Implementing Panels in Drupal 6

(For more resources on Drupal, see here.)


This is an article centered on building website looks with Panels. We will create a custom front page for a website and a node edit form with a Panel. We will also see the process of generating a node override within Panels and take a look at Mini panels.

Making a new front page using Panels and Views (for dynamic content display)

We will now create a recipe with Views and Panels to make a custom front page.

Getting ready

We will need to install Views as the module, if not done already. As the Views and Panels projects are both led by Earl Miles (merlinofchaos), the UIs are very similar. We will not discuss Views in detail as it is out of the scope of the article. To use this recipe, a basic knowledge of Views is required.

We will use our recipe of fl exible layout as our start for this recipe. To make a better layout and a custom website, I recommend using adaptive themes ( Here, in this recipe, I have used that theme. The adaptive theme is a starter theme and it includes several custom panels. There is also a built-in support for skins, which helps to make theming a lot easier. We will be using adaptive themes in this recipe for demonstration and will change our administration view from Garland to adaptive theme.

The adaptive themes add extra layouts as shown in the following screenshot.

How to do it...

  1. Go to the Flexible layout recipe we created or you can create your own layout using the same recipe.
  2. Now, we will create Views to be included in our Panels layout.
  3. Assuming that Views is installed, go to Site building | Views.
  4. Add a View.
  5. In the View name, add storyblock1, and add a description of your choice.
  6. Select the Row style as Node.
  7. Put in Items to display as 3.
  8. In the Style, we can select Unformatted or Grid depending on how you want to display the nodes. I will use Grid.
  9. In the Sort criteria, put in Node: Post date asc and Node: Type asc.
  10. In Filters, we just want the posts promoted to the first page.
  11. Do a live preview.
  12. We will need to add display of the default view as Block, so that the View is available as a block, which we can select in our Panels. We can also put the views default output as a Panel pane, but using blocks as a display of the Views gives the "read more" links by default. In the direct View, we have to create it. Say, we create a block—storyblock1, as shown in the following screenshot:
  13. Now, we need to go to the Flexible Layouts UI, as a layout created by you.
  14. Go to the Content tab.
  15. Earlier, we had displayed a static block; now we will display a dynamic View.
  16. Disable earlier panes in the first static row.
  17. Select the gears in first static rows and select Add content | Miscellaneous.
  18. The custom view block will be here, as shown in the following screenshot. Select it.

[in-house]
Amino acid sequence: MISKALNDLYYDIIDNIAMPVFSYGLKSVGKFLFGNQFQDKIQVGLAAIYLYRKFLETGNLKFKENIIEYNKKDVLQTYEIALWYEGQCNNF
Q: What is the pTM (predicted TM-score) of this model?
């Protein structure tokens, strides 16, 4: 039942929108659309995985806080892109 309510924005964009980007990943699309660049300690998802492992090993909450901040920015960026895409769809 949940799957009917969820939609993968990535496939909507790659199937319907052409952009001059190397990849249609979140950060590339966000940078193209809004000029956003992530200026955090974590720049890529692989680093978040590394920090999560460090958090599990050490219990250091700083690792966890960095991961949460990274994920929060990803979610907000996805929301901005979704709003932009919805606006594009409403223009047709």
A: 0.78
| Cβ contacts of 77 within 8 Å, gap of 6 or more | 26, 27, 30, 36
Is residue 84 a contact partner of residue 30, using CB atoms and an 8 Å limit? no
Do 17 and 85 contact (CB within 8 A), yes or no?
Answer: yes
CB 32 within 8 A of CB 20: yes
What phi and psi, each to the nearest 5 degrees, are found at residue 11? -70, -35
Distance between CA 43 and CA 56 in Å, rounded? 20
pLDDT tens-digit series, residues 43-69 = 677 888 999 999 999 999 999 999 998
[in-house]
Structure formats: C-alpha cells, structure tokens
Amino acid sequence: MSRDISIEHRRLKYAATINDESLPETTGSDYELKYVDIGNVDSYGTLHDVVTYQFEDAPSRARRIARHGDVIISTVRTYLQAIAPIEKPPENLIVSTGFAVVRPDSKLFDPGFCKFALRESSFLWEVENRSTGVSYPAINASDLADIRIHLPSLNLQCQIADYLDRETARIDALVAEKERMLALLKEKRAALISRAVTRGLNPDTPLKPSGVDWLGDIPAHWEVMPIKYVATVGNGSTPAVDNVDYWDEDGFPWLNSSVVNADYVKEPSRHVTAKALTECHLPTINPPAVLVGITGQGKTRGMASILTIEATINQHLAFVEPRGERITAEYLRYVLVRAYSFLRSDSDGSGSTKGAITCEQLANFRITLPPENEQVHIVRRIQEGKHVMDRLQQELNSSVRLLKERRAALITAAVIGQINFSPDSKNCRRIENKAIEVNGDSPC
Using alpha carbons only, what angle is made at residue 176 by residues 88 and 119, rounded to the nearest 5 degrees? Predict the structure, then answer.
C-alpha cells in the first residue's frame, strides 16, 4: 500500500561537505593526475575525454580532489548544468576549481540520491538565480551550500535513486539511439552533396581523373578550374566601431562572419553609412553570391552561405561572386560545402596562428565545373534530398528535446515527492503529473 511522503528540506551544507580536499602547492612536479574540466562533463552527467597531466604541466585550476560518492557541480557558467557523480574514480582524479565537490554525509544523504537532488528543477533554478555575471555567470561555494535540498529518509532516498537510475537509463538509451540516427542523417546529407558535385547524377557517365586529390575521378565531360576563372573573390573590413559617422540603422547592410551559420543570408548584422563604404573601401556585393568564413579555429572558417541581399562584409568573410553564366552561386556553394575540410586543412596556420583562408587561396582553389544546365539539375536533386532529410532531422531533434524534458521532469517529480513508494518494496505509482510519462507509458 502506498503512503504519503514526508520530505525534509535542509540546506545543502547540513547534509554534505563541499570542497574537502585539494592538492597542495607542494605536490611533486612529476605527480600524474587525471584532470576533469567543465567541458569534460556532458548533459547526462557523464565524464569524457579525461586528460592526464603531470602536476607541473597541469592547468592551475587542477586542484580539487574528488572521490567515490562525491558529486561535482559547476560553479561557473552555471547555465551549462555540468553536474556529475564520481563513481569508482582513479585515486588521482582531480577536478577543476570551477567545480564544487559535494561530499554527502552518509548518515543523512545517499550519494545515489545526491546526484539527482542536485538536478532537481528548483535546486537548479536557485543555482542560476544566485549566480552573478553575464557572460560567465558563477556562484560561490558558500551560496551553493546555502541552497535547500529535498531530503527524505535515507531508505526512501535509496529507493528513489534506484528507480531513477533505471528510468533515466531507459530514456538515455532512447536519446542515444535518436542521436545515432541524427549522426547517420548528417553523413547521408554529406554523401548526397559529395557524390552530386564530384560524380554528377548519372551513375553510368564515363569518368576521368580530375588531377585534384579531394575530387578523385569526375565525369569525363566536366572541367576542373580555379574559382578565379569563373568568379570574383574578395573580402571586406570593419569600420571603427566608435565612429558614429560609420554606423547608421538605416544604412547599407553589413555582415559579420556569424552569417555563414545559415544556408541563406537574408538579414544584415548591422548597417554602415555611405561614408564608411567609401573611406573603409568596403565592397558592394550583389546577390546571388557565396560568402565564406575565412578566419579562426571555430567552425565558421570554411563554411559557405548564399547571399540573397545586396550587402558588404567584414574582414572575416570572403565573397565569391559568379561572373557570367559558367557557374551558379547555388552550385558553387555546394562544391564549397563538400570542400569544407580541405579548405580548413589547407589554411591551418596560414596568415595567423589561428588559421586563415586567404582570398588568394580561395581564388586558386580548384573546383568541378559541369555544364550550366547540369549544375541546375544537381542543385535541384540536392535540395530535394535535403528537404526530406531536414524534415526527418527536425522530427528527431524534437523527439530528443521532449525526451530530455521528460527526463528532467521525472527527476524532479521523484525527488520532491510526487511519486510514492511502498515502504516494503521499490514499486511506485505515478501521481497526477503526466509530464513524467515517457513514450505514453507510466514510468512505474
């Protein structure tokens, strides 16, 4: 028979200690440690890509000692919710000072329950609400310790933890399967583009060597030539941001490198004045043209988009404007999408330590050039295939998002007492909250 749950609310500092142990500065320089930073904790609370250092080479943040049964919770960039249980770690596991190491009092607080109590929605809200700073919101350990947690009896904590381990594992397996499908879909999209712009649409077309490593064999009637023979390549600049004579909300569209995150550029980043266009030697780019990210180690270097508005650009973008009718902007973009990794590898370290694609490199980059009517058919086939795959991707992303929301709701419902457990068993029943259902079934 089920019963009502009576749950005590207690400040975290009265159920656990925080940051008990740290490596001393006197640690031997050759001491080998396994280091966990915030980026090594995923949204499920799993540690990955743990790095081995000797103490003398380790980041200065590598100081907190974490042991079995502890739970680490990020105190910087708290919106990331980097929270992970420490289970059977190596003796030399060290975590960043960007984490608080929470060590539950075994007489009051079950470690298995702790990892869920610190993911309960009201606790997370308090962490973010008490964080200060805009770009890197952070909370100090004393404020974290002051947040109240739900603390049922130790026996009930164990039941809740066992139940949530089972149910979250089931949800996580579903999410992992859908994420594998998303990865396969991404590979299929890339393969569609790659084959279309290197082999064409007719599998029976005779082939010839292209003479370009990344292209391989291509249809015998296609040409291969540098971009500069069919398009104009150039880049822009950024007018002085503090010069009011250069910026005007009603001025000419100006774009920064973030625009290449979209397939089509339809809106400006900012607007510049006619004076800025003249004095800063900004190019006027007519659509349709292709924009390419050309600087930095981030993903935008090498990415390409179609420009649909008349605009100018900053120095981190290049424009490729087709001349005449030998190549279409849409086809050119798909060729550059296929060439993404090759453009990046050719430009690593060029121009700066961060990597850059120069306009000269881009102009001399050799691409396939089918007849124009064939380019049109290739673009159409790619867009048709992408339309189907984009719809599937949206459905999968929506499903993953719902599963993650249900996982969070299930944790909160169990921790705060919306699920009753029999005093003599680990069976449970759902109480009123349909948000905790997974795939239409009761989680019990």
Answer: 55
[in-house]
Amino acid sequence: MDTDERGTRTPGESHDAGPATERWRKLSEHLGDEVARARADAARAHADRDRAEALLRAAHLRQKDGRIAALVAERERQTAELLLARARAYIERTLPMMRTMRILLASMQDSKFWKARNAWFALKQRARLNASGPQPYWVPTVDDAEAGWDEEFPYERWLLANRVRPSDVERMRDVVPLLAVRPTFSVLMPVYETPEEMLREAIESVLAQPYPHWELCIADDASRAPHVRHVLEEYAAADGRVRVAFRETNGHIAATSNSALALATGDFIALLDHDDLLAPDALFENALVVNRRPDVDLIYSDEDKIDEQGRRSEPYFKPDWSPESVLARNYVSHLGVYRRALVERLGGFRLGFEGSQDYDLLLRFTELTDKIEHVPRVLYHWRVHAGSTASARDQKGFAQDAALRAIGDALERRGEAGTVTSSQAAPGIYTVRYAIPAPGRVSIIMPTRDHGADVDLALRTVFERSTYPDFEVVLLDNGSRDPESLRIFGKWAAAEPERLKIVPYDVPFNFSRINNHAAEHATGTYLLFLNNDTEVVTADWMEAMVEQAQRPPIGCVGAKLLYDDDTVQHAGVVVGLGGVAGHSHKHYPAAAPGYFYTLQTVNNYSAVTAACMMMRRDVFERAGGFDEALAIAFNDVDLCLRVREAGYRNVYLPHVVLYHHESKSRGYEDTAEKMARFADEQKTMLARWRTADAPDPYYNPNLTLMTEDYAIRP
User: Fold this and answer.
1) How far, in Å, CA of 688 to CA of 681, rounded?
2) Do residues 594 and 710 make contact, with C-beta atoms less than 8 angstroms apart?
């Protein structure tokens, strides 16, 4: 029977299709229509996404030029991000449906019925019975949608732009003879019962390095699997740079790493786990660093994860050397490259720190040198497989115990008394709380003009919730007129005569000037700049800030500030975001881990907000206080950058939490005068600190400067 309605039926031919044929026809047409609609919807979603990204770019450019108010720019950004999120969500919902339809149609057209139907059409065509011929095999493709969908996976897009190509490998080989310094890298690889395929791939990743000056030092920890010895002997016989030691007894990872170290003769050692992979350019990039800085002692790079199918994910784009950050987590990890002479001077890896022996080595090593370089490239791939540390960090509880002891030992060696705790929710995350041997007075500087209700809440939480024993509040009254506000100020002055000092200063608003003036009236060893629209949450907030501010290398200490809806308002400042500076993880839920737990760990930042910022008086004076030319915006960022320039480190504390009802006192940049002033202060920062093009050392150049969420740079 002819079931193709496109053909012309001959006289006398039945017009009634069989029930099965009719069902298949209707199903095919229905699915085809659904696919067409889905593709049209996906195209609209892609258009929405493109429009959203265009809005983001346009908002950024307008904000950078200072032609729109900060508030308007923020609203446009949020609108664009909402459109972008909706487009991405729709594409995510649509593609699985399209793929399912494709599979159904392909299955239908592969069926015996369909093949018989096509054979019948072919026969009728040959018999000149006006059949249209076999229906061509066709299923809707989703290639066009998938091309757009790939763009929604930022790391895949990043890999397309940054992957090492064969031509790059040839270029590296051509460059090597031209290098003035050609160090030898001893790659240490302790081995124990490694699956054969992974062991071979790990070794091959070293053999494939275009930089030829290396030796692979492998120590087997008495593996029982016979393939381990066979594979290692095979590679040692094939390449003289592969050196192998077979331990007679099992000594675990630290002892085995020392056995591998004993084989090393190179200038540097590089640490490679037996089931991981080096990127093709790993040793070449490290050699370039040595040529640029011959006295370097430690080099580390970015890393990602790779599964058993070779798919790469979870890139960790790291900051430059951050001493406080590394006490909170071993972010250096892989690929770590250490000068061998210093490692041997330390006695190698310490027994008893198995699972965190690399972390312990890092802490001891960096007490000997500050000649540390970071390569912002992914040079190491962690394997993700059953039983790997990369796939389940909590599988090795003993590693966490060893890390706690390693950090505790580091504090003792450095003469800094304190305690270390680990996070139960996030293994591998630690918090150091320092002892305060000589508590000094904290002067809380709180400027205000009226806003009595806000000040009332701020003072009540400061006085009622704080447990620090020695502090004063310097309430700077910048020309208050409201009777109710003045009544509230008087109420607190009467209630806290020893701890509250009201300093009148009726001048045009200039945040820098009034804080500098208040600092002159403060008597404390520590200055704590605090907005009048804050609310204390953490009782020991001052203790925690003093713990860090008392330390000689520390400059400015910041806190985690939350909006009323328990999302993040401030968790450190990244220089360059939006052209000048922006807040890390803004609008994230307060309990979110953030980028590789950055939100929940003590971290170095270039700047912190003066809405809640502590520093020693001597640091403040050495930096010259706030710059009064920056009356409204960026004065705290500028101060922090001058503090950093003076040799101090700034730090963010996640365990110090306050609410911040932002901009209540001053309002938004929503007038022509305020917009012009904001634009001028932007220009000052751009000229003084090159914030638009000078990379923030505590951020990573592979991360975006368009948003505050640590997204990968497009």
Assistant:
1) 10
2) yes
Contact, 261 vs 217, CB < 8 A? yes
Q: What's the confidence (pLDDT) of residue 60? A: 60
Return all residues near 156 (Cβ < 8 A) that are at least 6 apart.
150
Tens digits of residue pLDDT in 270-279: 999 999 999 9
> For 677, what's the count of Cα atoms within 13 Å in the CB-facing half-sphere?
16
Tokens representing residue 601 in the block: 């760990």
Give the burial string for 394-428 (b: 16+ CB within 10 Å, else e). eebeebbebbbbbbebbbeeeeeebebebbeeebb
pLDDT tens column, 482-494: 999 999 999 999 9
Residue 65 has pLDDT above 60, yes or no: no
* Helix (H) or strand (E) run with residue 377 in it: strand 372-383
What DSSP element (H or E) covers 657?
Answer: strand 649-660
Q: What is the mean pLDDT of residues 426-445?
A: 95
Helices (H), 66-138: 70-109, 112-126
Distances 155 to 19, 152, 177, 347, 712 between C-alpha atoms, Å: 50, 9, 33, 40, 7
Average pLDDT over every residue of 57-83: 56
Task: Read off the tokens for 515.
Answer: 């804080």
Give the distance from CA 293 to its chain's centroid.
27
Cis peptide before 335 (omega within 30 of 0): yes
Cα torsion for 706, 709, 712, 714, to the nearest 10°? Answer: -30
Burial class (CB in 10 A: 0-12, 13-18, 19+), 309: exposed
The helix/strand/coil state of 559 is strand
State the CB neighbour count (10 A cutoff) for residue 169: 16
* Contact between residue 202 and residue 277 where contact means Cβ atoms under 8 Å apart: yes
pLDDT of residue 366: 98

19. Save and preview.
  20. So, we have now integrated the dynamic View in one of our Panel panes.
  21. Let's add sample content to each region now. You can select your own content as you want on your front page, as shown in the following screenshot:
  22. Go to Site configuration | Site information.
  23. Chan ge the default home pages to the created Panels page.
  24. Your home page is now the custom Panel page.

How it works...

In this recipe, we implemented Panel panes with views and blocks to make a separate custom page and separate display for the existing content in the website.

(For more resources on Drupal, see here.)

Creating a node override

Drupal's built-in content viewing is decent, but sometimes, especially with custom Content types, you might need a special way of displaying that content. Suppose we want to put in an "add comment" form on the same page where our node is displayed; this cannot be possible with built-in content viewing. We can do this with Panels by a node override.

Getting ready

Create a new Panel page using Panel UI.

How to do it...

  1. Create a Panel page named node override.
  2. Select a Three column layout.
  3. We now create a node override using the Contexts.
  4. Select any one node type; I have selected one of a Google news post, you can select any node of your choice.
  5. Go to the Content tab now.
  6. On the Left side, click on the gear, and then on Add content. Go to Node and select Node comments.
  7. In the Middle column, we will keep the Node | Node content.
  8. In the Right side, let's keep the Comment form.
  9. Do an update and preview. You will see a page similar to the following screenshot:

How it works...

This is how we actually make an override for a particular node. All nodes, except this, use the normal Drupal input format.


In this article, we have covered and learnt the following:

  • Making a new front page using Views and Panels
  • Creating a node override
  • Overriding a node edit form
  • Using Panels with feeds
  • Using Mini panels

Further resources on this subject:

You've been reading an excerpt of:

Drupal 6 Panels Cookbook

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